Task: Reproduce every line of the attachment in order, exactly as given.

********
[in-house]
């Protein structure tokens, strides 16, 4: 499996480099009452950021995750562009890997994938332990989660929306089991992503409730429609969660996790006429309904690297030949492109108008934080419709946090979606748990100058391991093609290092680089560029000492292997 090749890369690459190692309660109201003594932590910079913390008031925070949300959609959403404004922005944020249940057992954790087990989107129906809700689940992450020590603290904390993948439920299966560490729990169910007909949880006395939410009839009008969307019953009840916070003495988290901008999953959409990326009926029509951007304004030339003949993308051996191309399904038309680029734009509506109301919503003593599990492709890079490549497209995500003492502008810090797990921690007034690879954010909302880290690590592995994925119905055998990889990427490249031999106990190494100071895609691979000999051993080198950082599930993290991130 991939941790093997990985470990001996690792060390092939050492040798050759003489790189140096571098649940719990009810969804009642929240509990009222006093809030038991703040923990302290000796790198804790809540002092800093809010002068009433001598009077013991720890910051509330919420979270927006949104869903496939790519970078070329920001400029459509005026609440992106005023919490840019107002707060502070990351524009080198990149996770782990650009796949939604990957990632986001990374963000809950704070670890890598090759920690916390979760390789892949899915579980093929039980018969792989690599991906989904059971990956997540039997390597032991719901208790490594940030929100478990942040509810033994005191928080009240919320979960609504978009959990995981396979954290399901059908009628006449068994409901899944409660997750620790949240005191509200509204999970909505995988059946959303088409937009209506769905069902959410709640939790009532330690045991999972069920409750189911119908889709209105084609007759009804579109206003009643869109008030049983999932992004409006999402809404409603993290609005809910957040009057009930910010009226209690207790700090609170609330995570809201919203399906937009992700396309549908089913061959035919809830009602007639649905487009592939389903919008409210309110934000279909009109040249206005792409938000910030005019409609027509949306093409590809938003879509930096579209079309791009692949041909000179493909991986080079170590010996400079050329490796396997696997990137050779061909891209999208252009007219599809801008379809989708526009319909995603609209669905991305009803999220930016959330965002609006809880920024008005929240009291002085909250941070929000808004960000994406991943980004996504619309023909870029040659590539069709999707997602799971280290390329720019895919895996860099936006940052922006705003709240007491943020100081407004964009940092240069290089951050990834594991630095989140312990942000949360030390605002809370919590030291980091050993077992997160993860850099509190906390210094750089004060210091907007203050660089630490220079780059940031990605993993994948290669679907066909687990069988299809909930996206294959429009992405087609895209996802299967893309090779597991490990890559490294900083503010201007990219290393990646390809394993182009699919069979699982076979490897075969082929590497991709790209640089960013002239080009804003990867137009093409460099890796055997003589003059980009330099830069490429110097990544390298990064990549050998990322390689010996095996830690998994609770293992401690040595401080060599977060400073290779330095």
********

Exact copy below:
[in-house]
């Protein structure tokens, strides 16, 4: 499996480099009452950021995750562009890997994938332990989660929306089991992503409730429609969660996790006429309904690297030949492109108008934080419709946090979606748990100058391991093609290092680089560029000492292997 090749890369690459190692309660109201003594932590910079913390008031925070949300959609959403404004922005944020249940057992954790087990989107129906809700689940992450020590603290904390993948439920299966560490729990169910007909949880006395939410009839009008969307019953009840916070003495988290901008999953959409990326009926029509951007304004030339003949993308051996191309399904038309680029734009509506109301919503003593599990492709890079490549497209995500003492502008810090797990921690007034690879954010909302880290690590592995994925119905055998990889990427490249031999106990190494100071895609691979000999051993080198950082599930993290991130 991939941790093997990985470990001996690792060390092939050492040798050759003489790189140096571098649940719990009810969804009642929240509990009222006093809030038991703040923990302290000796790198804790809540002092800093809010002068009433001598009077013991720890910051509330919420979270927006949104869903496939790519970078070329920001400029459509005026609440992106005023919490840019107002707060502070990351524009080198990149996770782990650009796949939604990957990632986001990374963000809950704070670890890598090759920690916390979760390789892949899915579980093929039980018969792989690599991906989904059971990956997540039997390597032991719901208790490594940030929100478990942040509810033994005191928080009240919320979960609504978009959990995981396979954290399901059908009628006449068994409901899944409660997750620790949240005191509200509204999970909505995988059946959303088409937009209506769905069902959410709640939790009532330690045991999972069920409750189911119908889709209105084609007759009804579109206003009643869109008030049983999932992004409006999402809404409603993290609005809910957040009057009930910010009226209690207790700090609170609330995570809201919203399906937009992700396309549908089913061959035919809830009602007639649905487009592939389903919008409210309110934000279909009109040249206005792409938000910030005019409609027509949306093409590809938003879509930096579209079309791009692949041909000179493909991986080079170590010996400079050329490796396997696997990137050779061909891209999208252009007219599809801008379809989708526009319909995603609209669905991305009803999220930016959330965002609006809880920024008005929240009291002085909250941070929000808004960000994406991943980004996504619309023909870029040659590539069709999707997602799971280290390329720019895919895996860099936006940052922006705003709240007491943020100081407004964009940092240069290089951050990834594991630095989140312990942000949360030390605002809370919590030291980091050993077992997160993860850099509190906390210094750089004060210091907007203050660089630490220079780059940031990605993993994948290669679907066909687990069988299809909930996206294959429009992405087609895209996802299967893309090779597991490990890559490294900083503010201007990219290393990646390809394993182009699919069979699982076979490897075969082929590497991709790209640089960013002239080009804003990867137009093409460099890796055997003589003059980009330099830069490429110097990544390298990064990549050998990322390689010996095996830690998994609770293992401690040595401080060599977060400073290779330095």